3. If the president doesn't bring the South Korean delegation to the bunker, the whole plan is shot. If the SS doubles up its guys down there, the plan is shot too as they have guns and you don't. 
  4. The whole idea of the Cerberus System (designed to detonate missiles in flight, wholesale, and, apparently, activating their nuclear warheads to do so) is incredibly stupid. The President orders his people to give up theirs rather than face torture--but, of course, to get the president's they will torture and kill those people anyway--this is a massive tactical error on his part rather than mercy. Finally, though, they don't need the president's code ... they just crack it. Uh-huh.
What about, you know, the politics?

Olympus Has Fallen is trying real, real hard to be non-political. It gives us a black Speaker of the House (in the form of Freeman--so we know he's a good guy). The political discussion hits absolute zero in terms of policy or, indeed, making any kind of sense. The white-guy president is clearly not Obama and we see absolutely nothing  to give us indications he belongs to any political party at all.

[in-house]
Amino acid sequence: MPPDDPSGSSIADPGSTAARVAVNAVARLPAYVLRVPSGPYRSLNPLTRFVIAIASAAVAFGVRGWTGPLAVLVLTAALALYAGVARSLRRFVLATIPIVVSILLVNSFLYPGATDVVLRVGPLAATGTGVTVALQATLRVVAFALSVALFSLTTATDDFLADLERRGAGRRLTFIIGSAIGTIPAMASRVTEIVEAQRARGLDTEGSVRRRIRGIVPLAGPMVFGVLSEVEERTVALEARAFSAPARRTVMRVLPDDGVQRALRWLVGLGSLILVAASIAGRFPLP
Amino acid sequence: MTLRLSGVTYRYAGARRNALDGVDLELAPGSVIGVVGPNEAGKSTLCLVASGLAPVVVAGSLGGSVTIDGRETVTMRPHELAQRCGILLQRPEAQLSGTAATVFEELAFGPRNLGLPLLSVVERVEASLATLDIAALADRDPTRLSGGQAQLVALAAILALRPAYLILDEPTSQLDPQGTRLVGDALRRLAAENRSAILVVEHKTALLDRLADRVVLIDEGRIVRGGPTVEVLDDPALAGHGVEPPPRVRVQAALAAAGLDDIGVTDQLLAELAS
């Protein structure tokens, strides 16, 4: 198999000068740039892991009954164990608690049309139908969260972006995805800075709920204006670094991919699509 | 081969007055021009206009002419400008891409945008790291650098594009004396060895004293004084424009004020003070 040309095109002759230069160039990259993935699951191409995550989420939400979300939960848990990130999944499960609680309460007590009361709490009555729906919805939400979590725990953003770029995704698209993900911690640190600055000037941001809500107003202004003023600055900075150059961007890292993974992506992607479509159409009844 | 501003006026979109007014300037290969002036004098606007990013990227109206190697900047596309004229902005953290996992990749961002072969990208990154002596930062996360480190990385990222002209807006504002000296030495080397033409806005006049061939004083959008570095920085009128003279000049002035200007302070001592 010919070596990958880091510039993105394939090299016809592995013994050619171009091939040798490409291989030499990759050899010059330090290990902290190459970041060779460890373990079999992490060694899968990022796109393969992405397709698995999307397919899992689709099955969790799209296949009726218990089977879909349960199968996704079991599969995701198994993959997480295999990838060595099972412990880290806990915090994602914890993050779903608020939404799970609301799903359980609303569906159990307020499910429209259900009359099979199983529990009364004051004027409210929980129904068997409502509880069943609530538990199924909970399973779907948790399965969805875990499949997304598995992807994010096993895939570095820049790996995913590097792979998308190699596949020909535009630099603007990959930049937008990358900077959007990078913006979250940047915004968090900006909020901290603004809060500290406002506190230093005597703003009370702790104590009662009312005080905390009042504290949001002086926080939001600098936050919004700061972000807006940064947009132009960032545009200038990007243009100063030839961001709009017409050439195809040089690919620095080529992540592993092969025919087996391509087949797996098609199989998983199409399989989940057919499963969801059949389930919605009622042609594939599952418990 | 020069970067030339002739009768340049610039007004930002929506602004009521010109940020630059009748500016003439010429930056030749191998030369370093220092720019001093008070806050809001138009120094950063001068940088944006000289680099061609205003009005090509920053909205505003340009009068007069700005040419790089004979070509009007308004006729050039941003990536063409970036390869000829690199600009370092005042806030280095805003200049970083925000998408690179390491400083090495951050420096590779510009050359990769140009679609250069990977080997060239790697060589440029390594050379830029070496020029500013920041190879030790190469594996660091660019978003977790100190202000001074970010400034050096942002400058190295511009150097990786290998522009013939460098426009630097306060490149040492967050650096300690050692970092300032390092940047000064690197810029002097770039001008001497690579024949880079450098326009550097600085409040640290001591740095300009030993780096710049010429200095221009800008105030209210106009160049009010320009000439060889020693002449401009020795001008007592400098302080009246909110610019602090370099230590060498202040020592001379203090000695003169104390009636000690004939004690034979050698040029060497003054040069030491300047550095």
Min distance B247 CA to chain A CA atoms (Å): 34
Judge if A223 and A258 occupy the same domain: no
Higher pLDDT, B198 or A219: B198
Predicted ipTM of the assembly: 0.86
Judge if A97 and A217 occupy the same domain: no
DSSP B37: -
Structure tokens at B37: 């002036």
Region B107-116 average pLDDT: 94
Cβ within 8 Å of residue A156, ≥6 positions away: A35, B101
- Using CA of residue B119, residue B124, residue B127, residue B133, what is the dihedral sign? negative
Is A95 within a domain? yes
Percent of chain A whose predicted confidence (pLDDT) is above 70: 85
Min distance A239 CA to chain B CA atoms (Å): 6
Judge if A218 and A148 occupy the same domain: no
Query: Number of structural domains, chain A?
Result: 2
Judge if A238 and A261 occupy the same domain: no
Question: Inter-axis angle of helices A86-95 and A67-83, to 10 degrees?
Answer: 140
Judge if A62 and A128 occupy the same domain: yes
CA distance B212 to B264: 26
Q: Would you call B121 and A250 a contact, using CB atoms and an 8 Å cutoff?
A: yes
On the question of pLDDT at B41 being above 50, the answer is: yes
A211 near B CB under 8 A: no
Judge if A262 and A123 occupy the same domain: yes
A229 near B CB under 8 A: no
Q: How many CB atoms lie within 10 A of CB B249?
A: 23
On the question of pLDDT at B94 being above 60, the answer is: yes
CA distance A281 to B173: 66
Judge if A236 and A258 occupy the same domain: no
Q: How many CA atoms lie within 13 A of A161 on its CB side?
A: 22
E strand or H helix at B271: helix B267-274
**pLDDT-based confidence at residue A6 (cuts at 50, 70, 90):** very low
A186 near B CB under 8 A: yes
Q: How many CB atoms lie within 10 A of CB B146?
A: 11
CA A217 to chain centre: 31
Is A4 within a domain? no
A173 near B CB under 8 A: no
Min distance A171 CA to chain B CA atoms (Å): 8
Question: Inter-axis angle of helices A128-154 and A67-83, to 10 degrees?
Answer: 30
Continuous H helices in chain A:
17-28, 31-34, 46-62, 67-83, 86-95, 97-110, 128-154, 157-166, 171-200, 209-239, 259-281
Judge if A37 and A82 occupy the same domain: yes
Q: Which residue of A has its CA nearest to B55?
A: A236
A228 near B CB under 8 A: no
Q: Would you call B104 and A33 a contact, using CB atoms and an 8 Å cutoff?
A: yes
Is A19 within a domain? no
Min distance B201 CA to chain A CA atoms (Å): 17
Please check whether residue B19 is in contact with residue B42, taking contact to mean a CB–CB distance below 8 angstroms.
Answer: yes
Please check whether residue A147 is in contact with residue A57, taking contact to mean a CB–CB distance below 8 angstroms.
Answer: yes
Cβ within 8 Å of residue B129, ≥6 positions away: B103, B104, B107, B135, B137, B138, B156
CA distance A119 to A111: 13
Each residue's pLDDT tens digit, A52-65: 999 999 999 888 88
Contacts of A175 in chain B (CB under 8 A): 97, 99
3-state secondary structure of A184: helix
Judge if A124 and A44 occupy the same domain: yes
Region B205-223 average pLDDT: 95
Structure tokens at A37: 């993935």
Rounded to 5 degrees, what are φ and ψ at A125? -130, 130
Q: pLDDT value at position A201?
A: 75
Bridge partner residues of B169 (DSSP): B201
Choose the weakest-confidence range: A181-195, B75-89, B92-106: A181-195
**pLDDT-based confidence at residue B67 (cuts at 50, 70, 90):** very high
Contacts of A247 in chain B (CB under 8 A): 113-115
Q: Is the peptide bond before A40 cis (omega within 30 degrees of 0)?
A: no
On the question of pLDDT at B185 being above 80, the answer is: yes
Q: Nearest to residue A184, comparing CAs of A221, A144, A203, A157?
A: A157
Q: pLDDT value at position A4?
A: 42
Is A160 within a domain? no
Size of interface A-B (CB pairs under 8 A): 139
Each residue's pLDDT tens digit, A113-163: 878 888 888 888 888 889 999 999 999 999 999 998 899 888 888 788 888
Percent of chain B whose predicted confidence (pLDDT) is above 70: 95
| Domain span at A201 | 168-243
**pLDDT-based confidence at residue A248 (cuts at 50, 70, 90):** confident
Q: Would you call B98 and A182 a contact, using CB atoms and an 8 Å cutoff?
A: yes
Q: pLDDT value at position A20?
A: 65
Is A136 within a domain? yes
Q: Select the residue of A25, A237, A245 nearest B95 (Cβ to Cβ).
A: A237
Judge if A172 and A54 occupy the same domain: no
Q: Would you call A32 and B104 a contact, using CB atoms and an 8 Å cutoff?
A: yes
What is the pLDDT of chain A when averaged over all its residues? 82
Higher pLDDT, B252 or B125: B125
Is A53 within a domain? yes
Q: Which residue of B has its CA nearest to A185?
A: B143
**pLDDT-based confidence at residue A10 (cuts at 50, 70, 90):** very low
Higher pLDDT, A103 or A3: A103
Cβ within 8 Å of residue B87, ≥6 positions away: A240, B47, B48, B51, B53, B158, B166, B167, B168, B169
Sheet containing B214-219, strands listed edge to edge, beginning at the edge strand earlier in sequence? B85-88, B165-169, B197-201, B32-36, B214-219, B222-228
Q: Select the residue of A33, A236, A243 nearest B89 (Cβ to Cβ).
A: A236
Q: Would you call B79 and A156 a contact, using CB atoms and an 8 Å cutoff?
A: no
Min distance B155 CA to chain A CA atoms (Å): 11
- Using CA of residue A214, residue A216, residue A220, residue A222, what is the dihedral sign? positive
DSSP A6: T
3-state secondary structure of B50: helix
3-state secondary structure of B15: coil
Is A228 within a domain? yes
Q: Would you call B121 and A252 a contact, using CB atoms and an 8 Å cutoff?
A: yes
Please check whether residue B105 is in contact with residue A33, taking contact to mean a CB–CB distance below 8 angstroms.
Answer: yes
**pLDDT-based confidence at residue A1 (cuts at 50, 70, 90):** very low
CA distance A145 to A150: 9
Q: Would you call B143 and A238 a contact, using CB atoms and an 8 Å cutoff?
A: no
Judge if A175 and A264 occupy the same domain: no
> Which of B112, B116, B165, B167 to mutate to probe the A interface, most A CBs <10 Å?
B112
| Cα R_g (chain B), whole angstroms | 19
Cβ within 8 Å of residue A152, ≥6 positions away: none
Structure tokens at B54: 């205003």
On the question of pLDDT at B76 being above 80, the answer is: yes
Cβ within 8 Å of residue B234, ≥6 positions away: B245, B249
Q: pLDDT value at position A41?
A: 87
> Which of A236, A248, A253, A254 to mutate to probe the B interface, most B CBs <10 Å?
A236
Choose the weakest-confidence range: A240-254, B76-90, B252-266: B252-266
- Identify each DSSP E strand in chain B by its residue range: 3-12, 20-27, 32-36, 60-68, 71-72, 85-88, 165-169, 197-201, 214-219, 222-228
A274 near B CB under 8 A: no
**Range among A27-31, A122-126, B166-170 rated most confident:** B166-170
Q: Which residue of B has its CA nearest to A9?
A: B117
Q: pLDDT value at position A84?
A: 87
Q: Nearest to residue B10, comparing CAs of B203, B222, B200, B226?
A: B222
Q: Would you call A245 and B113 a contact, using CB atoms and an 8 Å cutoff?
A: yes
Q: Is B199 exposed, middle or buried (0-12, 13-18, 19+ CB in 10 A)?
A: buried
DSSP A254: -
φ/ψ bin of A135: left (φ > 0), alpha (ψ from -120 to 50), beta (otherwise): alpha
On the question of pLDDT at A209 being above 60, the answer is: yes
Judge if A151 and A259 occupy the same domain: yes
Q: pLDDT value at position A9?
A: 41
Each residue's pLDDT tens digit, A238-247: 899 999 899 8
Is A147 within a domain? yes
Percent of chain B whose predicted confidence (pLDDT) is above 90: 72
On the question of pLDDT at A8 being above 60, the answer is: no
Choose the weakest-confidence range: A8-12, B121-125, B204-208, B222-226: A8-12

Really, GI Joe Retaliation had more politics than Olympus Has Fallen when one of the super-villains smacks the captive president and says "That's for the tax increase!" Another super-villain says "you don't even pay taxes." The first guy says "It isn't always about me."

If there's any benefit to this extreme lack of depth for a movie featuring the US Government it's this: If you read the female Secretary of State as Hillary Clinton you won't have 47% of the theater hoping she gets shot in the end (she doesn't).